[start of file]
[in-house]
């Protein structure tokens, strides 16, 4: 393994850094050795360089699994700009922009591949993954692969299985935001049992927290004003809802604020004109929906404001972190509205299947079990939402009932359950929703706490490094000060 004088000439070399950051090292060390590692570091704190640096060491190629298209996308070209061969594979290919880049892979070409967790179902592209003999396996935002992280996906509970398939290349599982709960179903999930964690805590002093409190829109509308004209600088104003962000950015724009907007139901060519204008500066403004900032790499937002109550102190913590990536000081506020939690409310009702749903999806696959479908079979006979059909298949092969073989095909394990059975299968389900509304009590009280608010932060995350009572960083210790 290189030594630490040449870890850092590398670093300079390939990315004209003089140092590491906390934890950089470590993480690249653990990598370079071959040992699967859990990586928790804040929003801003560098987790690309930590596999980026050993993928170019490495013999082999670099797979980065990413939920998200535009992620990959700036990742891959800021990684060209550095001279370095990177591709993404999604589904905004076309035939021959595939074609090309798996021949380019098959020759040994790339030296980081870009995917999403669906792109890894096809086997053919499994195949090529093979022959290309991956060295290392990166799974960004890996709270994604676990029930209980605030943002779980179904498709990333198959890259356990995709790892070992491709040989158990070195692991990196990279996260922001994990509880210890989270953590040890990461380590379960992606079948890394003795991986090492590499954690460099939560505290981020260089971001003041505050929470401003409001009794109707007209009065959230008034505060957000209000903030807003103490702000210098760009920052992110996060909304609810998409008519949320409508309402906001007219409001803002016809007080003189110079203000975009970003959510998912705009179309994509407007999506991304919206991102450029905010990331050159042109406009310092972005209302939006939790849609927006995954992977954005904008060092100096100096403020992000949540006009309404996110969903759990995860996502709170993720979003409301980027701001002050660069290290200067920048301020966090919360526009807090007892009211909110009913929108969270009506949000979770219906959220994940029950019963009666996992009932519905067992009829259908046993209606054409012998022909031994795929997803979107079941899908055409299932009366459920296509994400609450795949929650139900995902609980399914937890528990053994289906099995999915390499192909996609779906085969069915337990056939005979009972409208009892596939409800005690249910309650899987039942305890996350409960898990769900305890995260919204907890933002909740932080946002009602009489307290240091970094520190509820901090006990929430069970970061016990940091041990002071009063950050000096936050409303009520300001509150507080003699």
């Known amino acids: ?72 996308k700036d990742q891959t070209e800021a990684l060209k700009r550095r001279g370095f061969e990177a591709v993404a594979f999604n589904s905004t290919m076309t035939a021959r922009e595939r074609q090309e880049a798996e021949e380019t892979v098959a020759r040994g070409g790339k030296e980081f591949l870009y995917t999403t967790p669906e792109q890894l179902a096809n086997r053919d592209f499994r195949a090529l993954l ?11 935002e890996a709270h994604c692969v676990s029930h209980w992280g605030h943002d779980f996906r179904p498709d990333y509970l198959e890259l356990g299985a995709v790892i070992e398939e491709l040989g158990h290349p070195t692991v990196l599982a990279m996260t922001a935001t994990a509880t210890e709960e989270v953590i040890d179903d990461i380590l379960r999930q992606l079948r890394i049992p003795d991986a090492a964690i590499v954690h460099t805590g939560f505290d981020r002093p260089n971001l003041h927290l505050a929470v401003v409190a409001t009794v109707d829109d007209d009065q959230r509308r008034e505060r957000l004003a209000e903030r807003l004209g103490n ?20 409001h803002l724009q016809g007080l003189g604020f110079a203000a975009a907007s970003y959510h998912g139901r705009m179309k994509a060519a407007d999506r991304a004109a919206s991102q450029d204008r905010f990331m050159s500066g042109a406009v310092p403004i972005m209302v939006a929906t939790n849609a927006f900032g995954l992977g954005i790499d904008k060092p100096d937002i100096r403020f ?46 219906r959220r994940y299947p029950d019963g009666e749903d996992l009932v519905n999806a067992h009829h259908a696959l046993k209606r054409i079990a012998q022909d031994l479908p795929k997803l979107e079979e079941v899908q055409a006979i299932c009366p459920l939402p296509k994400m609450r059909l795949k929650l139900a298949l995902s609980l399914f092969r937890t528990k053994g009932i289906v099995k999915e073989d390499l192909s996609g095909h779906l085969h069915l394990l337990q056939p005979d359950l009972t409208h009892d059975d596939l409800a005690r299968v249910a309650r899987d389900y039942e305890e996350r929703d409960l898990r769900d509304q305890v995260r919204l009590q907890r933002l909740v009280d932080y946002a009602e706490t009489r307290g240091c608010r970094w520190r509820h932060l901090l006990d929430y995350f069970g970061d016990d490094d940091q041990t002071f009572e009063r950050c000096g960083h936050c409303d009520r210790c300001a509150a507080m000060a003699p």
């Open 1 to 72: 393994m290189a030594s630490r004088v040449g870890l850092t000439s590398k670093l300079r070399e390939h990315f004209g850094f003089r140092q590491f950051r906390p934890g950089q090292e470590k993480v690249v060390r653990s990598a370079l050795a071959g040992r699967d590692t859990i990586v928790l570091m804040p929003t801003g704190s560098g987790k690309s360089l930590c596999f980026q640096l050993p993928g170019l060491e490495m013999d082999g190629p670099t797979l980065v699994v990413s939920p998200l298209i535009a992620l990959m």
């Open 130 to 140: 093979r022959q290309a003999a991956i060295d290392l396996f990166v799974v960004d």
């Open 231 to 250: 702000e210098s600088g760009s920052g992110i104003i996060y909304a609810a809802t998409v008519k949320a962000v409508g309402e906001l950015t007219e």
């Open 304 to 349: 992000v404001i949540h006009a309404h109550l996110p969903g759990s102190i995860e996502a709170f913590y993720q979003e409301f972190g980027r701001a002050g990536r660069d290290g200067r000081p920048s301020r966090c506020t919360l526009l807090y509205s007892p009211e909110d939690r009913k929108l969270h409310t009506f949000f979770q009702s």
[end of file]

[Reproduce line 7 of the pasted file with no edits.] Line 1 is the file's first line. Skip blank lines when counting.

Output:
């Open 304 to 349: 992000v404001i949540h006009a309404h109550l996110p969903g759990s102190i995860e996502a709170f913590y993720q979003e409301f972190g980027r701001a002050g990536r660069d290290g200067r000081p920048s301020r966090c506020t919360l526009l807090y509205s007892p009211e909110d939690r009913k929108l969270h409310t009506f949000f979770q009702s």